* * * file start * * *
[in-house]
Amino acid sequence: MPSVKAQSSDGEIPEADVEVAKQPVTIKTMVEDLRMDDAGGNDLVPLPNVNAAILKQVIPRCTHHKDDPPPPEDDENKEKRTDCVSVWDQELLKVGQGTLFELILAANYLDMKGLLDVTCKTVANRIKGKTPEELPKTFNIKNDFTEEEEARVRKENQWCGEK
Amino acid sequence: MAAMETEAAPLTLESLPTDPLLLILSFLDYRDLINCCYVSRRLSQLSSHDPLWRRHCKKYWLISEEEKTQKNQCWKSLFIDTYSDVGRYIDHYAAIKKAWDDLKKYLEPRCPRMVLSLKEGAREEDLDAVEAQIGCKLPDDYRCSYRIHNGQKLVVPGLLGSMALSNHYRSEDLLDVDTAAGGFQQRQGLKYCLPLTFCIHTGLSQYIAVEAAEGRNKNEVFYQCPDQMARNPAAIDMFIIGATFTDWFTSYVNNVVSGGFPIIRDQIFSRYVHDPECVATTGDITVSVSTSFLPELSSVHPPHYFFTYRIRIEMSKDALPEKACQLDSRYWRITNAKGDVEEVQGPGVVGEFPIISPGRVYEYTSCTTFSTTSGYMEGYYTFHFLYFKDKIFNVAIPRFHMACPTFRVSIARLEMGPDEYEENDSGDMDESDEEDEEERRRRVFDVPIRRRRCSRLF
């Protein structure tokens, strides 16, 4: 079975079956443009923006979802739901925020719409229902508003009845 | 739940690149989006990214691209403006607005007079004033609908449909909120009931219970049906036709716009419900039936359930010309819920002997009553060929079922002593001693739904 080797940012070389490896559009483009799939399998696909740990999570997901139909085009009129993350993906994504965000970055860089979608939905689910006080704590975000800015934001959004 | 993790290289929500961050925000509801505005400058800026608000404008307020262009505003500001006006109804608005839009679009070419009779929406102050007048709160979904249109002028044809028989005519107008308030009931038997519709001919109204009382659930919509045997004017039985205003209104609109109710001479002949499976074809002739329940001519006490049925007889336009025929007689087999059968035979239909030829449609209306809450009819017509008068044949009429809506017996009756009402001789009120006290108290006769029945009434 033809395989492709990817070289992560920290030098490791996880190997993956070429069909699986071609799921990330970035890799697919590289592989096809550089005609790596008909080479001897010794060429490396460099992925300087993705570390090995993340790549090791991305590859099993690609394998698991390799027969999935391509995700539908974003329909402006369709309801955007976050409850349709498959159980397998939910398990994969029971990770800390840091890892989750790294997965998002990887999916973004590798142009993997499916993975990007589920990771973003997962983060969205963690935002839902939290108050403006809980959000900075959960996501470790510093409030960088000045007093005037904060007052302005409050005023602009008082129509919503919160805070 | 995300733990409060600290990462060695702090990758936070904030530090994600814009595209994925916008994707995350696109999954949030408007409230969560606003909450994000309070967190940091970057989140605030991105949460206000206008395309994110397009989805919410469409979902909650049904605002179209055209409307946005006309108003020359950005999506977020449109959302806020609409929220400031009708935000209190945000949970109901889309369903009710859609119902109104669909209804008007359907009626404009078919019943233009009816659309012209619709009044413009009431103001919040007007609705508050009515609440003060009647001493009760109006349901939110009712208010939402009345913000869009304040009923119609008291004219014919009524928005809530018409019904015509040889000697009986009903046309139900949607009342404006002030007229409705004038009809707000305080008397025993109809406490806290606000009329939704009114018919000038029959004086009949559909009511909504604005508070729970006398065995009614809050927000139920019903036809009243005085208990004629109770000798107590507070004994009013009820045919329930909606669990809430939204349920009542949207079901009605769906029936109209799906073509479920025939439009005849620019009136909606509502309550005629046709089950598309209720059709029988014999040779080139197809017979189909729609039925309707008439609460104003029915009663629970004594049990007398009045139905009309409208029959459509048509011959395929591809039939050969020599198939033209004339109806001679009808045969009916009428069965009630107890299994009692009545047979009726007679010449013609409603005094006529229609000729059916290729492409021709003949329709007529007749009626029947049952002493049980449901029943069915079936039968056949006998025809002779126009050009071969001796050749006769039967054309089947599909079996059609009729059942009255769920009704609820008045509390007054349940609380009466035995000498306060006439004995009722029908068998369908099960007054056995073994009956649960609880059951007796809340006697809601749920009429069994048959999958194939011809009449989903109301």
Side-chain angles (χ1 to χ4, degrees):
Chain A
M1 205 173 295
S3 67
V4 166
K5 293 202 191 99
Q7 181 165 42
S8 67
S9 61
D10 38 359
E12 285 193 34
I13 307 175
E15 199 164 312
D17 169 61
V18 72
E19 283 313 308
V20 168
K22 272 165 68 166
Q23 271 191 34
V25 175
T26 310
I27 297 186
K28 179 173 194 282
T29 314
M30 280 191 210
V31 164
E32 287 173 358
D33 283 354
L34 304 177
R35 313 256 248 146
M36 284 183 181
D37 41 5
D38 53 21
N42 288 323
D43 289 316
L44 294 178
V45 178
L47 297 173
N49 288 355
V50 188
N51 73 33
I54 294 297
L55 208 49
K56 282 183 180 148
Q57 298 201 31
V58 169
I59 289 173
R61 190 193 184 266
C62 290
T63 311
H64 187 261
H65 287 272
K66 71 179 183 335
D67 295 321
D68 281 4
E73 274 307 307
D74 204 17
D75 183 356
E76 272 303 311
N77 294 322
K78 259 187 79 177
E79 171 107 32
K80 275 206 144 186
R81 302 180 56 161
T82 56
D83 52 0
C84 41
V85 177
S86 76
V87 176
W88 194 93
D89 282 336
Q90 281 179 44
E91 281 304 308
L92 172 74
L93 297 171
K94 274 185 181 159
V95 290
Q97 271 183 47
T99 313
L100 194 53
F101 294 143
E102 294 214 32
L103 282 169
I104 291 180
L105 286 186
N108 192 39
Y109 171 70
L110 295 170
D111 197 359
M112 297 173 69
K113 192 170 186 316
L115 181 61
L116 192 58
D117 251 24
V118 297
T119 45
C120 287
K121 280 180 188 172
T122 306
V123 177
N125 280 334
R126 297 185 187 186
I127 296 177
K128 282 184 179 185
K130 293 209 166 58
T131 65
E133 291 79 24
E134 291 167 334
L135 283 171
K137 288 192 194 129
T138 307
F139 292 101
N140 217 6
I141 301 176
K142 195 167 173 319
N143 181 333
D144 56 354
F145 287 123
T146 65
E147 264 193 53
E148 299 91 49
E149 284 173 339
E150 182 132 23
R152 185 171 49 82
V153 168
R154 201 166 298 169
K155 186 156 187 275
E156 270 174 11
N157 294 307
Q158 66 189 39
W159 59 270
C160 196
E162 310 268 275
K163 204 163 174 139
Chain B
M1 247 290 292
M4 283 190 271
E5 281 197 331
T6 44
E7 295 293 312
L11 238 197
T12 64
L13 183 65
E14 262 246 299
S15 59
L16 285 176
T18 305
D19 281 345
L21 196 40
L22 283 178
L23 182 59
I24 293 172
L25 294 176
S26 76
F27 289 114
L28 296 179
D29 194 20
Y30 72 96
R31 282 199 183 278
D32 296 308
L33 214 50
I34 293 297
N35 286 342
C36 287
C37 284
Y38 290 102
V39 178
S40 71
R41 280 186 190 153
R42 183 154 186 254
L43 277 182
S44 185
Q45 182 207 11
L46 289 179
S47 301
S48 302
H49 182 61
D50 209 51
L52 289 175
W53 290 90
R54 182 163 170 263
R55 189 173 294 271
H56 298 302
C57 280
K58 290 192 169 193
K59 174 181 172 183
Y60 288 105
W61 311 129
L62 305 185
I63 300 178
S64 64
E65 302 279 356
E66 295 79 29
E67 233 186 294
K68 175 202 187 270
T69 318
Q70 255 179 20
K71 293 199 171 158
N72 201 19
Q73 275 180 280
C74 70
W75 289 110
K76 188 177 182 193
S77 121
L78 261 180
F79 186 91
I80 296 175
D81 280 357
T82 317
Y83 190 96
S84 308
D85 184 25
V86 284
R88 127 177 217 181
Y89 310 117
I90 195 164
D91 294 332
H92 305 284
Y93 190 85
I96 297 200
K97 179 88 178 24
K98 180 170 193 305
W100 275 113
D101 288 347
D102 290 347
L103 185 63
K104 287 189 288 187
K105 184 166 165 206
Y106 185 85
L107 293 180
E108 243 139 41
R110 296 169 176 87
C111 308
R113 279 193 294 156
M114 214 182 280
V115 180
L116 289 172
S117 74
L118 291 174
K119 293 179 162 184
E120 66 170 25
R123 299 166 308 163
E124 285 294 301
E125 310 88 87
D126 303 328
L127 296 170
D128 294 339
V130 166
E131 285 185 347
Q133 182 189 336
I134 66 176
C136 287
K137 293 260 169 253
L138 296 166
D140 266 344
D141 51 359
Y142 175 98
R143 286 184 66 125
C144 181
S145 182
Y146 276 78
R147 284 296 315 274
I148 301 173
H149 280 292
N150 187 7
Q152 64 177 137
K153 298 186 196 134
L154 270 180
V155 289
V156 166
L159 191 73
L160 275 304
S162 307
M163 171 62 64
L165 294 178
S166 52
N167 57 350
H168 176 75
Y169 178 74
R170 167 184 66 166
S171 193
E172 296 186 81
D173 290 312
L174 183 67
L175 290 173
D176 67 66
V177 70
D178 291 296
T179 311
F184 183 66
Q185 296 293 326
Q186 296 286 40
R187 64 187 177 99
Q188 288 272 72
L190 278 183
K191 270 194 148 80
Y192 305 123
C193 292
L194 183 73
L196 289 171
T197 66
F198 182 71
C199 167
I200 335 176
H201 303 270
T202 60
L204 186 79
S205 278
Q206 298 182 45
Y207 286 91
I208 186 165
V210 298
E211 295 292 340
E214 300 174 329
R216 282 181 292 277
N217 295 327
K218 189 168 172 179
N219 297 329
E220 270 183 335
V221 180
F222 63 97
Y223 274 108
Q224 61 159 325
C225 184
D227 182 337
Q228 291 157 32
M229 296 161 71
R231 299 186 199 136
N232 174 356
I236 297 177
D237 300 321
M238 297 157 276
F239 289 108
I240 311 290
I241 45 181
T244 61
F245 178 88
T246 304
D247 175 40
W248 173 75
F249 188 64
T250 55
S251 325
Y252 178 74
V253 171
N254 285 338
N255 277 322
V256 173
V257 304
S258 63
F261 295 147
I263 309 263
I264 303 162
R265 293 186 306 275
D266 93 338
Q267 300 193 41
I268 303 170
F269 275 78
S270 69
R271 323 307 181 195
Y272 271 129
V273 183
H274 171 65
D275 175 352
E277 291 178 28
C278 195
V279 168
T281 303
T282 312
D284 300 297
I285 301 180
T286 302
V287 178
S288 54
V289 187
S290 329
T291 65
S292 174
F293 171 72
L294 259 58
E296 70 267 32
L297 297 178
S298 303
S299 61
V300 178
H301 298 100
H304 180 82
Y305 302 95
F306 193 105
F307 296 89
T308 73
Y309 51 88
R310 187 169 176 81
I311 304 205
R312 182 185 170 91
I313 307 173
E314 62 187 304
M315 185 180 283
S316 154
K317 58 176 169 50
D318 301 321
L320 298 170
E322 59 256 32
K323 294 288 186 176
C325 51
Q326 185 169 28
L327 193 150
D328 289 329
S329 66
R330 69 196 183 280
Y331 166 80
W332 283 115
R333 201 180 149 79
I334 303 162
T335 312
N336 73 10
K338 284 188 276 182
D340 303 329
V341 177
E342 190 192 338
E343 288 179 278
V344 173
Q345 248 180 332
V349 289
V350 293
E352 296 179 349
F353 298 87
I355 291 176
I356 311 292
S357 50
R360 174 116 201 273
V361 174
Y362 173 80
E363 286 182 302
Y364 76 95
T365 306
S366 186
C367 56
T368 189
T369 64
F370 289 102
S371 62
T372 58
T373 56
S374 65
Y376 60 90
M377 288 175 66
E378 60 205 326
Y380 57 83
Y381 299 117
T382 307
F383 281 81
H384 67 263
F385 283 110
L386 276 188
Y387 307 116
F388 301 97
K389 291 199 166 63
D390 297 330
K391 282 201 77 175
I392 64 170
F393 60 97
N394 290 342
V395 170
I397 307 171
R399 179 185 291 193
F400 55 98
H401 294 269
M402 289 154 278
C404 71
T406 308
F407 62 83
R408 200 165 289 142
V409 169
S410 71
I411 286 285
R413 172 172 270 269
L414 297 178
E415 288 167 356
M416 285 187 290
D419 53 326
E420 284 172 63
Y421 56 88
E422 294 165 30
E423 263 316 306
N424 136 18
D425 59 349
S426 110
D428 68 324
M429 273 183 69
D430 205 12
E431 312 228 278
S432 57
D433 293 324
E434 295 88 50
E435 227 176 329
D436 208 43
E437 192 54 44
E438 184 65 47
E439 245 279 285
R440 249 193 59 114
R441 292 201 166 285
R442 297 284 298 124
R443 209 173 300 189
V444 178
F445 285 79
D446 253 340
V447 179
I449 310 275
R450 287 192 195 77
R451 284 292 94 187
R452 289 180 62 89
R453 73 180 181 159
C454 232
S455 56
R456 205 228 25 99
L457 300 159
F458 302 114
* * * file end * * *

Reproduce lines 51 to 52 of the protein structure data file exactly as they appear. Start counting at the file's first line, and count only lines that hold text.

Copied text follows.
I59 289 173
R61 190 193 184 266